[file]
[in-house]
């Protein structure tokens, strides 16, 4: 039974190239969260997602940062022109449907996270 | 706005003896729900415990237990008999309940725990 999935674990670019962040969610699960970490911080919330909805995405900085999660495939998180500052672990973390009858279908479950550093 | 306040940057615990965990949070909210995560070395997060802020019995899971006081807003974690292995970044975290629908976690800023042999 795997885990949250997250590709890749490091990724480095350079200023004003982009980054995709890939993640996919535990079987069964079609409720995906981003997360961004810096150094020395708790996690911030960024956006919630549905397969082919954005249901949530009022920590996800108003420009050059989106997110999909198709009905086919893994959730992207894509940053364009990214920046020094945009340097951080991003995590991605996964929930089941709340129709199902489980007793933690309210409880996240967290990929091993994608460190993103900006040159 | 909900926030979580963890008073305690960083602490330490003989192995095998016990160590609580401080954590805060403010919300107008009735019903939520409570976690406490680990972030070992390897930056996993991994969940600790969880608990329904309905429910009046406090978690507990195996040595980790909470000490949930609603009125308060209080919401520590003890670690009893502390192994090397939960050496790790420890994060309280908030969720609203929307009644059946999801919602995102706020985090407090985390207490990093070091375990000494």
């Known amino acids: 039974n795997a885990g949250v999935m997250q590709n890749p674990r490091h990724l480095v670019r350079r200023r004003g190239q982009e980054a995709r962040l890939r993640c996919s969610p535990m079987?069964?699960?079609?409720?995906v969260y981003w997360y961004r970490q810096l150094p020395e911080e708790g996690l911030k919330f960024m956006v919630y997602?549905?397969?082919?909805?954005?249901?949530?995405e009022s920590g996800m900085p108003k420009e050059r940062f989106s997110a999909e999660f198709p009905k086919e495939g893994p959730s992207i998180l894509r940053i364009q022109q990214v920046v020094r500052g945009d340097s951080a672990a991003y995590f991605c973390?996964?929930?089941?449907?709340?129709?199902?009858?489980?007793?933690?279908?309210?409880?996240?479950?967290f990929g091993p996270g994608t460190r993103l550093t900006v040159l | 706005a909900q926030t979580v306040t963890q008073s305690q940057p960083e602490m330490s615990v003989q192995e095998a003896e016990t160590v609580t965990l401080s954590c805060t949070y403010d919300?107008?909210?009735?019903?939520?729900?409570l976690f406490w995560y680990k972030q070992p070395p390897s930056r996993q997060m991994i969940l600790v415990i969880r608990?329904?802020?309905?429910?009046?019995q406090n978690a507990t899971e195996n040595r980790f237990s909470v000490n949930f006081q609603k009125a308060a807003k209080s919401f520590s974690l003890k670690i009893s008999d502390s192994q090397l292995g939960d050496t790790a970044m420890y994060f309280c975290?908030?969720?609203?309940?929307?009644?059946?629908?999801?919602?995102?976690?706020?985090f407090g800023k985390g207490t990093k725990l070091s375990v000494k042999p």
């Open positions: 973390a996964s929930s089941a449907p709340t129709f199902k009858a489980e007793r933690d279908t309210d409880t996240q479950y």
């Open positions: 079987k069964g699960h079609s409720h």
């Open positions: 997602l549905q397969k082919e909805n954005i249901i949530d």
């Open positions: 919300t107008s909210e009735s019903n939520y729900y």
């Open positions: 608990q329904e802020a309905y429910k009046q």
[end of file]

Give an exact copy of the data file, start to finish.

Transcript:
[in-house]
């Protein structure tokens, strides 16, 4: 039974190239969260997602940062022109449907996270 | 706005003896729900415990237990008999309940725990 999935674990670019962040969610699960970490911080919330909805995405900085999660495939998180500052672990973390009858279908479950550093 | 306040940057615990965990949070909210995560070395997060802020019995899971006081807003974690292995970044975290629908976690800023042999 795997885990949250997250590709890749490091990724480095350079200023004003982009980054995709890939993640996919535990079987069964079609409720995906981003997360961004810096150094020395708790996690911030960024956006919630549905397969082919954005249901949530009022920590996800108003420009050059989106997110999909198709009905086919893994959730992207894509940053364009990214920046020094945009340097951080991003995590991605996964929930089941709340129709199902489980007793933690309210409880996240967290990929091993994608460190993103900006040159 | 909900926030979580963890008073305690960083602490330490003989192995095998016990160590609580401080954590805060403010919300107008009735019903939520409570976690406490680990972030070992390897930056996993991994969940600790969880608990329904309905429910009046406090978690507990195996040595980790909470000490949930609603009125308060209080919401520590003890670690009893502390192994090397939960050496790790420890994060309280908030969720609203929307009644059946999801919602995102706020985090407090985390207490990093070091375990000494």
């Known amino acids: 039974n795997a885990g949250v999935m997250q590709n890749p674990r490091h990724l480095v670019r350079r200023r004003g190239q982009e980054a995709r962040l890939r993640c996919s969610p535990m079987?069964?699960?079609?409720?995906v969260y981003w997360y961004r970490q810096l150094p020395e911080e708790g996690l911030k919330f960024m956006v919630y997602?549905?397969?082919?909805?954005?249901?949530?995405e009022s920590g996800m900085p108003k420009e050059r940062f989106s997110a999909e999660f198709p009905k086919e495939g893994p959730s992207i998180l894509r940053i364009q022109q990214v920046v020094r500052g945009d340097s951080a672990a991003y995590f991605c973390?996964?929930?089941?449907?709340?129709?199902?009858?489980?007793?933690?279908?309210?409880?996240?479950?967290f990929g091993p996270g994608t460190r993103l550093t900006v040159l | 706005a909900q926030t979580v306040t963890q008073s305690q940057p960083e602490m330490s615990v003989q192995e095998a003896e016990t160590v609580t965990l401080s954590c805060t949070y403010d919300?107008?909210?009735?019903?939520?729900?409570l976690f406490w995560y680990k972030q070992p070395p390897s930056r996993q997060m991994i969940l600790v415990i969880r608990?329904?802020?309905?429910?009046?019995q406090n978690a507990t899971e195996n040595r980790f237990s909470v000490n949930f006081q609603k009125a308060a807003k209080s919401f520590s974690l003890k670690i009893s008999d502390s192994q090397l292995g939960d050496t790790a970044m420890y994060f309280c975290?908030?969720?609203?309940?929307?009644?059946?629908?999801?919602?995102?976690?706020?985090f407090g800023k985390g207490t990093k725990l070091s375990v000494k042999p």
């Open positions: 973390a996964s929930s089941a449907p709340t129709f199902k009858a489980e007793r933690d279908t309210d409880t996240q479950y």
């Open positions: 079987k069964g699960h079609s409720h």
């Open positions: 997602l549905q397969k082919e909805n954005i249901i949530d």
């Open positions: 919300t107008s909210e009735s019903n939520y729900y």
């Open positions: 608990q329904e802020a309905y429910k009046q």